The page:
Remember the old public relations maxim: “There’s no such thing as bad publicity”? Try telling that to Beijing. Having loosed a pandemic, China finds itself (quite deservedly) deluged with bad publicity.
Yet, oddly, the regime seems to think the best way out of its image nightmare is to make it worse.
Well, alrighty then. If that’s its play, the U.S. ought to spend more time thinking about how we can help the Chinese Communist Party dig itself a deeper hole.
The list of China’s self-inflicted wounds grows longer by the day. It failed to confine the epidemic in Wuhan. It allowed millions of travelers to carry the disease around the world. It failed to inform the world of the disease in timely fashion. It failed to cooperate with other nations seeking to understand the disease. It hoarded protective equipment. It spread lies (like blaming others for the outbreak) to deflect criticism.
Then it started threatening some countries—like Australia—that announced plans to investigate Beijing’s handling of the outbreak.
Global anger at China does not seem to be waning. Even countries that complain about the current U.S. administration will, in their next breath (or under their breath), complain even more about Beijing.
Of course, China sees the U.S. as the big obstacle on its long march to become the world’s most dominant military and economic power. However, Beijing’s strategy has always been to “win without fighting.”
Rather than directly bump heads with Washington, it seeks to find ways to undercut U.S. dominance, bend international organizations its way, and draw off American friends and allies.
The Trump administration has pushed back bluntly. It has slapped tariffs on Chinese goods and pressed for better trade deals. It has actively opposed China’s candidates for leadership positions in international organizations. And it has called out Chinese disinformation and lies disseminated during the pandemic response.
All of this creates a challenge for China, and a 16-page summary of the American strategy recently published by the White House shows the U.S. has no intention of backing down. The COVID crisis, in fact, seems to have steeled American resolve.
To make matters worse for Beijing, that American resolve in spreading.
Several countries have joined the U.S. in pressuring the World Health Organization to readmit Taiwan as an observer. (Taiwan was kicked out of the organization in 2016 at Beijing’s insistence.) A number of countries have also demanded an independent investigation on both the WHO and Beijing’s influence on its leadership.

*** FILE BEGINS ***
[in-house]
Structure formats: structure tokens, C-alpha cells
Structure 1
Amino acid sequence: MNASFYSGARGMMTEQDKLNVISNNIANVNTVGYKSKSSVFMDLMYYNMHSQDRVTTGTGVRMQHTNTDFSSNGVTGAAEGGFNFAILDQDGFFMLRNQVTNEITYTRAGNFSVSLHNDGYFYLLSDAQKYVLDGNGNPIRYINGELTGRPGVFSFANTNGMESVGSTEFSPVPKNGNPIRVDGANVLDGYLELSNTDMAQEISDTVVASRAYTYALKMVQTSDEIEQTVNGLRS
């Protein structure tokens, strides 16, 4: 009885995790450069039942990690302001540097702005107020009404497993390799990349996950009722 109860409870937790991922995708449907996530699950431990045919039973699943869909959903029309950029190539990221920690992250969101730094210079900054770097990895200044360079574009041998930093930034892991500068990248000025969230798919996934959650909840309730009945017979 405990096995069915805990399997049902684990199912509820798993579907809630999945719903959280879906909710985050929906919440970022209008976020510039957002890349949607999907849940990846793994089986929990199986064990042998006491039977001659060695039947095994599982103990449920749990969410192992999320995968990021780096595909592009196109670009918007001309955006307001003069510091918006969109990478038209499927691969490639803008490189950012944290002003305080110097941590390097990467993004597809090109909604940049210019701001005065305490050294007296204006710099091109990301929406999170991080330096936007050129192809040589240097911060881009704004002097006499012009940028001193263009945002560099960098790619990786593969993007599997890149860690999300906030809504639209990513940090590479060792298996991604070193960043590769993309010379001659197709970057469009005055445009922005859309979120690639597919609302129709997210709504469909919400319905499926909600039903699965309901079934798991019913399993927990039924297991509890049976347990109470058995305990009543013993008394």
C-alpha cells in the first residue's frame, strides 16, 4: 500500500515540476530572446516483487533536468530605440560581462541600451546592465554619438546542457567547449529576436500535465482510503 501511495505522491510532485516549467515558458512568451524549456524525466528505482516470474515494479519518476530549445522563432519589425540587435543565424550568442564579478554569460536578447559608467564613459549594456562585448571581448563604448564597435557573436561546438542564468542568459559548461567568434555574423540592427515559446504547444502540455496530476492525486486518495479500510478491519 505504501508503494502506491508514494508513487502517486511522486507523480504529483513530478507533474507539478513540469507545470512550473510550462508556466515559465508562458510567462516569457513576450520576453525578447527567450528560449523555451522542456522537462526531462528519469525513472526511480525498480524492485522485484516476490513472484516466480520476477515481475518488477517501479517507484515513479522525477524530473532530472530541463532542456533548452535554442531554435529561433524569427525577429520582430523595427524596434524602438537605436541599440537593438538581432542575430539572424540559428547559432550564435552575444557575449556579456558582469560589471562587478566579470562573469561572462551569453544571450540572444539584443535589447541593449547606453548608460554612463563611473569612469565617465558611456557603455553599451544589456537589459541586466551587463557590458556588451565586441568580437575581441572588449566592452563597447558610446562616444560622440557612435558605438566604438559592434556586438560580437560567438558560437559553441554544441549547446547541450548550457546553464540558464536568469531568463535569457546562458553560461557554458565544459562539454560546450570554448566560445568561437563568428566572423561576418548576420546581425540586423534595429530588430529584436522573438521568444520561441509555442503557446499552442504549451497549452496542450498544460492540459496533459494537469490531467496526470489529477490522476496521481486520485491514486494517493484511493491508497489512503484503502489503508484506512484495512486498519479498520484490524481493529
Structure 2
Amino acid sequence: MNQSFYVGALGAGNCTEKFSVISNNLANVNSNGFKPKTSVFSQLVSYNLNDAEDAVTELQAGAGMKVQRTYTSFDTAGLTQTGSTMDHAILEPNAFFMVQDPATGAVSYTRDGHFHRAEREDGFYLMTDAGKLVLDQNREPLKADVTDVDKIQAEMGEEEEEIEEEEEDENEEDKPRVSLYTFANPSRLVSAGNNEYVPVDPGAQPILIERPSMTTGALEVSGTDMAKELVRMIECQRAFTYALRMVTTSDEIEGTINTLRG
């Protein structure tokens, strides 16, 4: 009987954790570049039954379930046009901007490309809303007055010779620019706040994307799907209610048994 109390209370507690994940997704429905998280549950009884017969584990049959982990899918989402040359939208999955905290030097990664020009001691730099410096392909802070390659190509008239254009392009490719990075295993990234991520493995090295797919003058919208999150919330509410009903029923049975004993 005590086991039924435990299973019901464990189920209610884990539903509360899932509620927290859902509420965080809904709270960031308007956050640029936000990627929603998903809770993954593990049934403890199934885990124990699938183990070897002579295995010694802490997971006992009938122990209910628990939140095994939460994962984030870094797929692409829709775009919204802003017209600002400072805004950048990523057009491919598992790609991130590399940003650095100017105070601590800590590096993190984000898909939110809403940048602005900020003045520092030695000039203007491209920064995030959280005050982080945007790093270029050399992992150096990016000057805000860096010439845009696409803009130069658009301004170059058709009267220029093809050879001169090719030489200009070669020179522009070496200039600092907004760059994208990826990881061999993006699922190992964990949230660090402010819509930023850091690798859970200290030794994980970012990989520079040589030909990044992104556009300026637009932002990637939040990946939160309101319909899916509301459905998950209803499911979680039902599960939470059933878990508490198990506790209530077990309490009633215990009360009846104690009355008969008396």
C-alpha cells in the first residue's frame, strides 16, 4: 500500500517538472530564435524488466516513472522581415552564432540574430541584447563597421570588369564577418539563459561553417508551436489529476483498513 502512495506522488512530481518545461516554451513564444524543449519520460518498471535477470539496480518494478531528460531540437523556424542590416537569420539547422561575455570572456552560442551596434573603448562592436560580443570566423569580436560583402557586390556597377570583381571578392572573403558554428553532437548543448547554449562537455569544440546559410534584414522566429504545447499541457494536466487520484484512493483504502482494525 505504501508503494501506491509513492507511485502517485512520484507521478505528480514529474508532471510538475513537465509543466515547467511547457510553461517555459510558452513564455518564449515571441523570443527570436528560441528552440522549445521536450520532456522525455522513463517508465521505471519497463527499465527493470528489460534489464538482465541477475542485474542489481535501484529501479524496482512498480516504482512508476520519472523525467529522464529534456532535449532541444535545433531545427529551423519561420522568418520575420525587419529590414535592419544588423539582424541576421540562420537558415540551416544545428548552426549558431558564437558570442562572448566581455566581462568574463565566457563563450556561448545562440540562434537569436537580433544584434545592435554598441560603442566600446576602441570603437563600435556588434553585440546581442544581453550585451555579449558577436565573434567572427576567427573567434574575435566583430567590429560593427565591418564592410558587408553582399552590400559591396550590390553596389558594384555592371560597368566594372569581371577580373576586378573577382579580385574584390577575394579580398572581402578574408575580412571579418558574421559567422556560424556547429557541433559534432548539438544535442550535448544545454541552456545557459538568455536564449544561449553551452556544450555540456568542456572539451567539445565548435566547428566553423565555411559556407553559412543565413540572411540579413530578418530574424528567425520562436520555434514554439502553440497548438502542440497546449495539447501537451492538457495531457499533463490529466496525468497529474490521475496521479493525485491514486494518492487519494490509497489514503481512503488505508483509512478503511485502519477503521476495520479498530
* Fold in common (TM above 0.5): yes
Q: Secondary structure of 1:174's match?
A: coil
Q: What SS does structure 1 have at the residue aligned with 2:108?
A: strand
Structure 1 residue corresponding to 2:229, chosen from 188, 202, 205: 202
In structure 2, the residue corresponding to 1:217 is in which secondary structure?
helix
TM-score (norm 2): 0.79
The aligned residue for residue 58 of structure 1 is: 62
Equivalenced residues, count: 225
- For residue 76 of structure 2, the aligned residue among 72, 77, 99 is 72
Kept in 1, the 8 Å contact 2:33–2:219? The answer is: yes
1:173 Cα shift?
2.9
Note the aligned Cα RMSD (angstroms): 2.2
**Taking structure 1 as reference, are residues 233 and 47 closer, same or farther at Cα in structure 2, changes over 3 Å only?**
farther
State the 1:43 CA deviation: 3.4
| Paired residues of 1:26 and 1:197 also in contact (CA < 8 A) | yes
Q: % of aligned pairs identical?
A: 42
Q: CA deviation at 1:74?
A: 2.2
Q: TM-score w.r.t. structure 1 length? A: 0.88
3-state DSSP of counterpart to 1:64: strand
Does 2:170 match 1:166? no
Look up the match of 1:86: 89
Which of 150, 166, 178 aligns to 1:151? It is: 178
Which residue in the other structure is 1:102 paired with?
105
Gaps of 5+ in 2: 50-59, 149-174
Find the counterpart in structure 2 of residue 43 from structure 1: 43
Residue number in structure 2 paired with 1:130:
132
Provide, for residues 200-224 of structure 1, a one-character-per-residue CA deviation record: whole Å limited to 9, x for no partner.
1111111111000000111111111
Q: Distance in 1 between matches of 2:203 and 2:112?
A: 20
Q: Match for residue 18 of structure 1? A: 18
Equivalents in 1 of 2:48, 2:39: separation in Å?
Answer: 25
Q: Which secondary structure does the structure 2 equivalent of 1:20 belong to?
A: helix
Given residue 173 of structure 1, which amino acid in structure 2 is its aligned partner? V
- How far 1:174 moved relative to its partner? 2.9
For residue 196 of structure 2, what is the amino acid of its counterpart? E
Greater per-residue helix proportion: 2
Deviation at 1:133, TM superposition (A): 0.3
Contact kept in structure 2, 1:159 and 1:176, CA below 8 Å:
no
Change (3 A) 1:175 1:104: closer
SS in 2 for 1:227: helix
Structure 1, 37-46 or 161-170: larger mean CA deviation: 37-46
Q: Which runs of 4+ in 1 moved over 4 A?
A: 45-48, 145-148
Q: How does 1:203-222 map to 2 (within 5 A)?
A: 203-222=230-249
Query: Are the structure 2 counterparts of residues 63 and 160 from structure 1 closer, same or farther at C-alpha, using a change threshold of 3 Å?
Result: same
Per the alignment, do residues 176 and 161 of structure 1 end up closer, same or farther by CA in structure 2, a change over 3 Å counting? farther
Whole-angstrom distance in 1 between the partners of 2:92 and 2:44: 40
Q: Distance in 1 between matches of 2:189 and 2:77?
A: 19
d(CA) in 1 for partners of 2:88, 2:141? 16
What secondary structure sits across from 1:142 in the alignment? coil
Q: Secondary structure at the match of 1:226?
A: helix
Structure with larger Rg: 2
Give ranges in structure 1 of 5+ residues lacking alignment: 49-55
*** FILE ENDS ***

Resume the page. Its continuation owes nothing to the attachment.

The Chinese response to this has been to put on a brave face and act even more belligerently than usual. It has been more vociferous in its claims on the South China Seas and moved troops into contested regions of the border with India.
Most troubling of all is the regime’s announcement that it will pass legislation that could significantly compromise the freedoms of the people of Hong Kong, gutting the commitments Beijing swore to uphold when it signed the “Basic Law,” marking the return of the island to China from Great Britain. If the law looks like what we expect, the deal of “one country, two systems” will be effectively dead.
China’s troubles with Hong Kong predated the COVID crisis. Demonstrations against Beijing’s interference in the governing of the island sparked massive demonstrations and even some violence. That news was overwhelmed by the pandemic.
While it was always assumed the Chinese Communist Party would circle back and punish the people of Hong Kong for their upstart behavior, the fact that it’s doing it right now is interesting.
It appears that Beijing wants to use Hong Kong as an example; by throwing its muscle around there, it hopes to remind the world not to mess with China and to demonstrate that those who dare to push back will pay a price.
Yet, this round of aggression comes with a cost. The regime has demonstrated once again it cannot be trusted to uphold its commitments. And it has shown its willingness to bully and bluff to get its way.
That will only make the world more wary of China.
The U.S. administration is absolutely right to take a strong stand and condemn the proposal for the new law. China will never stop its destabilizing actions unless the U.S. stands strong to defend its interests and work with friends and allies to mitigate the China challenge.
In dealing with the Beijing bullies, the U.S. must stick to its strategy: When China does wrong, we need to call it on it and make it pay a price for its bad behavior.
Originally published by Fox News